Inflation has been a relatively minor concern for U.S. investors since the late 1970s and early 1980s, when the Federal Reserve Board reined it in with a spike in interest rates that sparked a deep recession. Now inflation is emerging as an increasingly big threat in 2019. Economists at JPMorgan Chase believe that inflation is trending higher than the target zone set by the Federal Reserve Board, which is committed to keep it in check by hiking interest rates, The Wall Street Journal reports. Higher interest rates, in turn, will crimp the profits of non-financial companies, reduce stock valuations, and cause a general slowdown in the economy.
Significance For Investors
The consumer price index (CPI) was unchanged in November compared to October, but up by 2.2% from a year ago. Core inflation, which excludes food and energy prices, which tend to be volatile, was up by 0.2% from the prior month and by 2.2% from a year ago. Using a slightly different measure, the Fed is targeting 2% annual inflation, and JPMorgan Chase sees several forces that will raise it to 2.4% by the second quarter of 2019, which they believe is the upper end of the Fed's "comfort zone," as the WSJ puts it.
With the unemployment rate at 3.7% and trending downward, wage increases are an important contributor to the overall inflation rate. Goldman Sachs sees unemployment falling to 3.1% in 2021, per a previous Investopedia article. While rising wages are increasing consumers' incomes, they also are cutting into their spending power by raising the costs of services, as well as domestically-produced goods with high labor inputs. Additionally, new tariffs are raising the prices of imported finished goods and components, also contributing to inflationary pressures.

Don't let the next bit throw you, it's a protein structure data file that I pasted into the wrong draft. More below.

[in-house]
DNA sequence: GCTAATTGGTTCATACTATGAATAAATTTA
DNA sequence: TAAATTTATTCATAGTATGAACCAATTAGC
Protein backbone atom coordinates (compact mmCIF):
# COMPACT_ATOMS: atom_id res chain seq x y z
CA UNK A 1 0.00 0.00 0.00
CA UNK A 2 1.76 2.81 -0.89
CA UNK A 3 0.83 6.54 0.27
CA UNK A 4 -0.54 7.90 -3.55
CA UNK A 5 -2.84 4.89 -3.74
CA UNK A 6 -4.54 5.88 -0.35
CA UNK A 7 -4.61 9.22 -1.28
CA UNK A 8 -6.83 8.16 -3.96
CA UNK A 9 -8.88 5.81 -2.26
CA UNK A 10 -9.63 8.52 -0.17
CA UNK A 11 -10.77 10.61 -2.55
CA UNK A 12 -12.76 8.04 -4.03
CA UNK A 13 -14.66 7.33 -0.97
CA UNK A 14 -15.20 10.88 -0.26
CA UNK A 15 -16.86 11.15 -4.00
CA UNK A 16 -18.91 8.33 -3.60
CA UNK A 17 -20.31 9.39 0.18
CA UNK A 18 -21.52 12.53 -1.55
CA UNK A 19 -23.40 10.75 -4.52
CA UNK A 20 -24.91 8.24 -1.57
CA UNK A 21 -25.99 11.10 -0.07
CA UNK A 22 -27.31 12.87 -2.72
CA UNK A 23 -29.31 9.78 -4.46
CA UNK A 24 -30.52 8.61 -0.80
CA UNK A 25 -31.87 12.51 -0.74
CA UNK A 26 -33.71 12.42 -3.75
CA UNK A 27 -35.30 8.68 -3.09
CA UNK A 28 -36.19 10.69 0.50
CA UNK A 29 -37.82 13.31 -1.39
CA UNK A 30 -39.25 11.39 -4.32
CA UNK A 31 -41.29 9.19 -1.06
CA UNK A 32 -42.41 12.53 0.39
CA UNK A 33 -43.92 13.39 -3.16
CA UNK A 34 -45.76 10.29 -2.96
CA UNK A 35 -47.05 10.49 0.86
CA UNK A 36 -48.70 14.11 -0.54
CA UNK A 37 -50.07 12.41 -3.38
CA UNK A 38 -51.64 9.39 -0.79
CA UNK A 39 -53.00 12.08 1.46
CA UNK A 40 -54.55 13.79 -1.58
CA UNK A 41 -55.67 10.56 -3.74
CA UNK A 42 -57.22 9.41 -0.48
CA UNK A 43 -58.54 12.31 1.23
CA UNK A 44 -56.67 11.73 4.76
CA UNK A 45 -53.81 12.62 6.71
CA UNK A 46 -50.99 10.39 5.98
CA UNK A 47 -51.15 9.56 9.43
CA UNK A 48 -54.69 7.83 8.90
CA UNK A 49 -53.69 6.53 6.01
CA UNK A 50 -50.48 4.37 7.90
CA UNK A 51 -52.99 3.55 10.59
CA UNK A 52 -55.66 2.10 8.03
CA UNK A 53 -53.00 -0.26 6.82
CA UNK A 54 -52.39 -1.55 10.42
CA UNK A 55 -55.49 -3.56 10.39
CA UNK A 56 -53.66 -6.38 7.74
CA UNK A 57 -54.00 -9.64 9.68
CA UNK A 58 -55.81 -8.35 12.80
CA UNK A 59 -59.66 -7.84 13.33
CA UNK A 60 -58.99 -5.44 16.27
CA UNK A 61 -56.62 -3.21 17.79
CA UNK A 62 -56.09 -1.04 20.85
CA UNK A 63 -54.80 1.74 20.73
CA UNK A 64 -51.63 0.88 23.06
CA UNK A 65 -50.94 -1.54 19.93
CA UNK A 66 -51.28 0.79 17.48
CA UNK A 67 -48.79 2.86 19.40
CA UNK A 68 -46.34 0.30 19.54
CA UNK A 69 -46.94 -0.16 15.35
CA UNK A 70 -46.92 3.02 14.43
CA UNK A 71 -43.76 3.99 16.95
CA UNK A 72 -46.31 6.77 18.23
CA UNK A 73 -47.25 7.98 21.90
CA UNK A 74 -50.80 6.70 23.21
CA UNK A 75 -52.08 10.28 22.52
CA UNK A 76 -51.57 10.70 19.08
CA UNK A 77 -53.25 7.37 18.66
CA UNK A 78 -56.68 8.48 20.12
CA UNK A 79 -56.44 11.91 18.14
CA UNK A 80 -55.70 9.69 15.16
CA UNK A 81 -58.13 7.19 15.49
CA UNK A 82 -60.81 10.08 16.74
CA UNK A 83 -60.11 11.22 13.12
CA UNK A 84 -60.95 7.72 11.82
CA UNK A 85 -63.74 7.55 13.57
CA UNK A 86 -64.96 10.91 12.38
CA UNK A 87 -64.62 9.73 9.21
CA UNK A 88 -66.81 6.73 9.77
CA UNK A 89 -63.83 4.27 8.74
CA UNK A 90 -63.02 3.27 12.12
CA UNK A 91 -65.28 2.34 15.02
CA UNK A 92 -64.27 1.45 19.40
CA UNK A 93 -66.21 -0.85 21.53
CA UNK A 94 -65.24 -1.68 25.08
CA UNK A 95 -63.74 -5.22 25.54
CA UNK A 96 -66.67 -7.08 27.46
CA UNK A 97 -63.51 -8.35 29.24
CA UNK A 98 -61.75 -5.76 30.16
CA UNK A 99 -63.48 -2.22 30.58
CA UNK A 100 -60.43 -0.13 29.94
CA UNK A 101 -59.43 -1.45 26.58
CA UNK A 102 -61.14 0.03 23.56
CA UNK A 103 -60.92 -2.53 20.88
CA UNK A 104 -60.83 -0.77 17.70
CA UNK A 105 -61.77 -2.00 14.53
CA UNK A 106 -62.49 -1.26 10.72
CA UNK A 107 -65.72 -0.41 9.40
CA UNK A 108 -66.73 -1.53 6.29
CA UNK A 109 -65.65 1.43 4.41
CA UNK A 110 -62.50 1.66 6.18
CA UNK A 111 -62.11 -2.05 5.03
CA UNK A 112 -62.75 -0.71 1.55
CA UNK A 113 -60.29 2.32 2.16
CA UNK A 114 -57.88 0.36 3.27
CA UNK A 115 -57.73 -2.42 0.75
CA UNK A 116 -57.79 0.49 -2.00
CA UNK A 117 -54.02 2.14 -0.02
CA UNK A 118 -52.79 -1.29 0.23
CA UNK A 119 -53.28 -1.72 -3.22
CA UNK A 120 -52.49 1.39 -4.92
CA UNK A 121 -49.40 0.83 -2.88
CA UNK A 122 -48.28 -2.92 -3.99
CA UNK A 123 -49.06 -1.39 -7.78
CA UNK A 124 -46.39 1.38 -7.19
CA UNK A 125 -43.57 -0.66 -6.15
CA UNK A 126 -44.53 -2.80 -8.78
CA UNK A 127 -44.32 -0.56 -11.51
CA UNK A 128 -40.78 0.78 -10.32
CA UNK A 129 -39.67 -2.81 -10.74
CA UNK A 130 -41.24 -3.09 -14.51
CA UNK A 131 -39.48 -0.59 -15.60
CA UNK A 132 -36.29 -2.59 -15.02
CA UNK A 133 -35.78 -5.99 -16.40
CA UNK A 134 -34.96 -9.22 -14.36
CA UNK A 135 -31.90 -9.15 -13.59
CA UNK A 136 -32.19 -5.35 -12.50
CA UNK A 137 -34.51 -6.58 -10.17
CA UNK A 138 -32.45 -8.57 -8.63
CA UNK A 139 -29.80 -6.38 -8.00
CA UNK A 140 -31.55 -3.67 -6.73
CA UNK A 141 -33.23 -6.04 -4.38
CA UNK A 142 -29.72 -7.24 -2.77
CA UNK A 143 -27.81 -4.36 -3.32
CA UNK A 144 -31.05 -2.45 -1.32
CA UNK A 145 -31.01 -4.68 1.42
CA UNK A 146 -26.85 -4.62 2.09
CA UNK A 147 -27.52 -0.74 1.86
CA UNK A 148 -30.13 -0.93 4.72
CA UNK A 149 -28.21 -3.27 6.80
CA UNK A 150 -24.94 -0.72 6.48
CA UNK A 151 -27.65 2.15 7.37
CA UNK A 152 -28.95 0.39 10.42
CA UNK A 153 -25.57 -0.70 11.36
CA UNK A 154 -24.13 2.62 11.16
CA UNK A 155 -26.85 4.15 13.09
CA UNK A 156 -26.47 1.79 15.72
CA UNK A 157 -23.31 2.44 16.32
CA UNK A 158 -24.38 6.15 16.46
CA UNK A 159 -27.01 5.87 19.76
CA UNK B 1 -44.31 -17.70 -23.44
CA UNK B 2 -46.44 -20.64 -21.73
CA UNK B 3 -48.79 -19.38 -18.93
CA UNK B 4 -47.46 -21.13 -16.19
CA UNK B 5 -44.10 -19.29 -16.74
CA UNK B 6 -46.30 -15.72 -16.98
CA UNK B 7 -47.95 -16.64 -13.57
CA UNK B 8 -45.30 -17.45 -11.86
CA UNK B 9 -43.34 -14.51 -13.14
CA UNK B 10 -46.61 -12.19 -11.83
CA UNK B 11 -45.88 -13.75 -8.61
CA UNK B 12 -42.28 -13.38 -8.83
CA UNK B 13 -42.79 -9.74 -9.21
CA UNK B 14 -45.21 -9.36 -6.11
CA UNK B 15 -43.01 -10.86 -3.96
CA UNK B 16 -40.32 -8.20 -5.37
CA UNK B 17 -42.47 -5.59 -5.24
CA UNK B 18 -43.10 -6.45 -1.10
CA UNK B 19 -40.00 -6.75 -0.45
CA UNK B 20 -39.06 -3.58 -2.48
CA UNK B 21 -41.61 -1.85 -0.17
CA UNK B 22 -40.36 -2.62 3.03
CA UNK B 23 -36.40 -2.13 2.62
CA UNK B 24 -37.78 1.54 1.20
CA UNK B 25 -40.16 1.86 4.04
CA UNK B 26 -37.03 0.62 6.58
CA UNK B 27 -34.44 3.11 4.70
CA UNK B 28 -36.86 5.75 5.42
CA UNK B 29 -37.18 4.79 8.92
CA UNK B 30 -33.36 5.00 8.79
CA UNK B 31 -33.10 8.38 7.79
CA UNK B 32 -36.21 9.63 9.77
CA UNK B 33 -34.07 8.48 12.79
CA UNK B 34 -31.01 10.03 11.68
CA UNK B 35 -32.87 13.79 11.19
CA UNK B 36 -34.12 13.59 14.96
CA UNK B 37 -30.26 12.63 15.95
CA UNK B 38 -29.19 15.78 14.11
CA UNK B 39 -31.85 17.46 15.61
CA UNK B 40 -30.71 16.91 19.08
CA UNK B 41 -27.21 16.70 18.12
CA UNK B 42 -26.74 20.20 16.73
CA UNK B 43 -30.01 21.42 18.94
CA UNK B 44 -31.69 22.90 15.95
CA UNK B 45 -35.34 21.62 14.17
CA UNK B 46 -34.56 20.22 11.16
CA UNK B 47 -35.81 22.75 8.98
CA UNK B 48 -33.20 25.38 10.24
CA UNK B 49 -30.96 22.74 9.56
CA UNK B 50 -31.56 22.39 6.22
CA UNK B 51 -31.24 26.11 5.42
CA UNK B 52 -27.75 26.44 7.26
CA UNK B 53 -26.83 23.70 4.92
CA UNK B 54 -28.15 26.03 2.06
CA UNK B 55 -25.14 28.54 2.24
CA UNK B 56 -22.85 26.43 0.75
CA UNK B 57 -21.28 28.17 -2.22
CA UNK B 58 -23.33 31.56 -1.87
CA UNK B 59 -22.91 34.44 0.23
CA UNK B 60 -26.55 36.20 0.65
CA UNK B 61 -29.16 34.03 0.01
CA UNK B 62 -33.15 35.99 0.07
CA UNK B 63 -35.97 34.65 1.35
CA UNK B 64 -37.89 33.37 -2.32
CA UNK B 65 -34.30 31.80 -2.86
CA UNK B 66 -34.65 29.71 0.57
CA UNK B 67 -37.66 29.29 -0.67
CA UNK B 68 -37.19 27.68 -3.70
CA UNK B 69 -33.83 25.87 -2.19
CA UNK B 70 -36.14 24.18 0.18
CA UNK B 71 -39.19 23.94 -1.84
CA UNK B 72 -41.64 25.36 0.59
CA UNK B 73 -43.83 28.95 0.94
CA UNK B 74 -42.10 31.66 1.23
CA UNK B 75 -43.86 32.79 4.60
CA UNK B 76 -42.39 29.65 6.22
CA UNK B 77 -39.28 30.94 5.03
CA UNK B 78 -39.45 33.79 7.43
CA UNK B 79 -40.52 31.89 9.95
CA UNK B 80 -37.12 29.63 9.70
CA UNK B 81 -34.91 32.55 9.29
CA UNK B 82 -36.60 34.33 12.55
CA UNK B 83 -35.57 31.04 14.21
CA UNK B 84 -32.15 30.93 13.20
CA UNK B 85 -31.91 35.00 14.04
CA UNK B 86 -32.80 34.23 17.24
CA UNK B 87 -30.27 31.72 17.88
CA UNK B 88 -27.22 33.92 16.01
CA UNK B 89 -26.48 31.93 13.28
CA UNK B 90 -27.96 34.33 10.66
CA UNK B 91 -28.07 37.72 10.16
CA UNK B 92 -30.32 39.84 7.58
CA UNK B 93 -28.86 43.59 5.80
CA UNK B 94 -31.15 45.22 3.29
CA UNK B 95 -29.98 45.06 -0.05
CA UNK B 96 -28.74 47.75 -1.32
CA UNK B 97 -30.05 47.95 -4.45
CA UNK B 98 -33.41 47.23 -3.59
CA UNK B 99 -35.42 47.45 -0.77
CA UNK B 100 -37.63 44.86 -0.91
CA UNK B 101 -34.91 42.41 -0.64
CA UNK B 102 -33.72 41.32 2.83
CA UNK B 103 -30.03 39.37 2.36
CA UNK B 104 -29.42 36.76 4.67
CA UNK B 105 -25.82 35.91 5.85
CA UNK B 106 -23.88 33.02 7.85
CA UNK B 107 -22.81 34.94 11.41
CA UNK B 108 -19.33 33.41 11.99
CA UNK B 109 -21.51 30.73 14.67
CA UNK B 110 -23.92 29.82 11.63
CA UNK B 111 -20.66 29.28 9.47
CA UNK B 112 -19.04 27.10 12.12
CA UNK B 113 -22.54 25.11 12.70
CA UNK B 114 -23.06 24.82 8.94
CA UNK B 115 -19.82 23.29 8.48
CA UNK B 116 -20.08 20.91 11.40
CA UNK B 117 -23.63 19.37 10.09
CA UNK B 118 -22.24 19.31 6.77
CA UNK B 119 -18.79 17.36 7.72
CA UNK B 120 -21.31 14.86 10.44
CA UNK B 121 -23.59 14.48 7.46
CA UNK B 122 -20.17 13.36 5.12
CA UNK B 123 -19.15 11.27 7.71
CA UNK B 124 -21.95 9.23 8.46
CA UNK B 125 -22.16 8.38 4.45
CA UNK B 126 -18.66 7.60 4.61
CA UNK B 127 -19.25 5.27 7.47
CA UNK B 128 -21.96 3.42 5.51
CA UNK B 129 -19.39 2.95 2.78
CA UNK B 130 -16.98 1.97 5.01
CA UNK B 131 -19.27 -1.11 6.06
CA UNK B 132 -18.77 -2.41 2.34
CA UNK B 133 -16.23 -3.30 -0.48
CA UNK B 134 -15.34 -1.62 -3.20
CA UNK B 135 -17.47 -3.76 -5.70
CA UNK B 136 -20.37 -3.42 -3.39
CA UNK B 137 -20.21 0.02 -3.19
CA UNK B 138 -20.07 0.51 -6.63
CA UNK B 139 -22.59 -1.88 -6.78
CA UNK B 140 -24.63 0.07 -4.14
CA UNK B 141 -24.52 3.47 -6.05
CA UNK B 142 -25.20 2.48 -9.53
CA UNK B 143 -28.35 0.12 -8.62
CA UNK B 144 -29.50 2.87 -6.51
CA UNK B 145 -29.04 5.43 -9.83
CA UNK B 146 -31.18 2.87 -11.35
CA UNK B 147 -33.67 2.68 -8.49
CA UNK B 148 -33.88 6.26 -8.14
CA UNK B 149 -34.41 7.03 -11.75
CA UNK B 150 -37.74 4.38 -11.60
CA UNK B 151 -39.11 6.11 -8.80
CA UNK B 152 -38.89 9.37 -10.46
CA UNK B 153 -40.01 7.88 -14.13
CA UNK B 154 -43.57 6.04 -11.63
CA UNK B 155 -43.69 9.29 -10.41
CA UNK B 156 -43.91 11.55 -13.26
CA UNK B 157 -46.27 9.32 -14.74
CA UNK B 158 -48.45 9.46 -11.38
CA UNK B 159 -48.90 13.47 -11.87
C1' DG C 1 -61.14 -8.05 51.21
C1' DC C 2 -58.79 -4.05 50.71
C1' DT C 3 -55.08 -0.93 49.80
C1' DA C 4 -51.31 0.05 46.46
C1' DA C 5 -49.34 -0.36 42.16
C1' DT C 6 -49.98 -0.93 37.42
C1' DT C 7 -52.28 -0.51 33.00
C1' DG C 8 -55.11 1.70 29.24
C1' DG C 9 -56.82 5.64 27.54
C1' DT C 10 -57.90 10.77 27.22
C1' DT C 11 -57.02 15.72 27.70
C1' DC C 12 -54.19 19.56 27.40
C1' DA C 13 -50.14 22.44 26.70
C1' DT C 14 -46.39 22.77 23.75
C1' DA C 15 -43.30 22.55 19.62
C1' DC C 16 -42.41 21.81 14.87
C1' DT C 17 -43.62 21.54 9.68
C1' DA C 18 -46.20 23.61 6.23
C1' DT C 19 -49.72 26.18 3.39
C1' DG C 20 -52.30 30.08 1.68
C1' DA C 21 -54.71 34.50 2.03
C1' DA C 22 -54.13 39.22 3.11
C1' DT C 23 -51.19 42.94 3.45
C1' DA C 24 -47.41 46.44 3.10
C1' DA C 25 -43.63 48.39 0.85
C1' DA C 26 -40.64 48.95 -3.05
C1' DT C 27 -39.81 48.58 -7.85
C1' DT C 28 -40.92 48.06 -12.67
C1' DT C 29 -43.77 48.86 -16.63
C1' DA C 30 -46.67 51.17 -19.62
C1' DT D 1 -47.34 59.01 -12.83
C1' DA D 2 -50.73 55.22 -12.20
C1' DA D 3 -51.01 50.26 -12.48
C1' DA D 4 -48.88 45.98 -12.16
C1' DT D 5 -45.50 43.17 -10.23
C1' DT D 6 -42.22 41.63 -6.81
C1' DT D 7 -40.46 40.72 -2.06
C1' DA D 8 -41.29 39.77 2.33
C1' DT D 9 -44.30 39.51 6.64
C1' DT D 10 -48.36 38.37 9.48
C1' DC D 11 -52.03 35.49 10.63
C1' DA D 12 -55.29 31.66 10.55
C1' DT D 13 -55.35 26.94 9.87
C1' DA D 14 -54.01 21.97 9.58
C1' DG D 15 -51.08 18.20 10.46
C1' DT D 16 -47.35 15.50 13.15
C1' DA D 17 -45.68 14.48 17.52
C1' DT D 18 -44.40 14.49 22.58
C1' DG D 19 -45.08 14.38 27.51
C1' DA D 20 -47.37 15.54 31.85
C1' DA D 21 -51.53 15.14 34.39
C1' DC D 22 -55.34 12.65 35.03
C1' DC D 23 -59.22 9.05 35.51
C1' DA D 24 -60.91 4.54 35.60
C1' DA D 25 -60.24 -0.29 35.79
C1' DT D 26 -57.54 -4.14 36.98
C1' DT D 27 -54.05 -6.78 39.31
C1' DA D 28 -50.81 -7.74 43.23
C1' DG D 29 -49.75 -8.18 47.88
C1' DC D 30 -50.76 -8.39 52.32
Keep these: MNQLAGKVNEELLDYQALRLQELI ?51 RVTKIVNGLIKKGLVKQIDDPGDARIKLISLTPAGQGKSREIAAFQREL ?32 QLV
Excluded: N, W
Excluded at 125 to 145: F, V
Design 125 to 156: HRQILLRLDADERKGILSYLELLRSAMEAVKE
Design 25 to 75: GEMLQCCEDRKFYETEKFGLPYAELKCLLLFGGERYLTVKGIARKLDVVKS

Meanwhile, renowned investor Warren Buffett once called inflation, per CNBC, "a gigantic corporate tapeworm" that consumes investment dollars by making a given volume of business increasingly costlier to produce. Other remarks of his over the years about inflation, per the same source, include: "high rates of inflation create a tax on capital that makes much corporate investment unwise," and "inflation is a far more devastating tax than anything that has been enacted by our legislatures."
According to Buffett, there is an "investor's misery index" that equals the rate of inflation plus the tax rates on dividends and capital gains. "When this index exceeds the rate of return earned on equity in the business, the investor's purchasing power (real capital) shrinks even though he consumes nothing at all," he elaborated.
One way for investors to protect themselves against inflation is to look for stocks that normally benefit from rising prices and robust economic growth. Since the prices of oil and metals tend to increase in such an environment, energy and mining stocks usually perform well, per TheStreet. Carrizo Oil & Gas Inc. (CRZO), down 29% from its 52-week high, and mining firm BHP Billiton Ltd. (BHP), down 12%, are suggested in that article. Noting that inflation tends to raise interest rates and widen profit margins for banks, the article also mentioned Wells Fargo & Co. (WFC), down by 30% from its high.
Looking back at history, the annual rate of increase in the CPI peaked at 13.5% in 1980, per the Federal Reserve Bank of Minneapolis. The Fed responded with massive interest rate hikes that sent the U.S. economy into its deepest economic downturn, up to that point, since the Great Depression of the 1930s. The fed funds rate exceeded 22% at several points in the first half of 1981, per Macrotrends,
Noting that his preferred acquisitions are "businesses that produce cash, not those that consume it," Buffett has stated, per CNBC, that companies with rich cash flows are those best-positioned to thrive "as inflation intensifies." In an inflationary environment, he also has observed that the best performers will be businesses with:
"(1) an ability increase prices rather easily (even when product demand is flat and capacity is not fully utilized) without fear of significant loss of either market share or unit volume."
"(2) an ability to accommodate large dollar volume increases in business (often produced more by inflation that by real growth) with only minor additional investment of capital."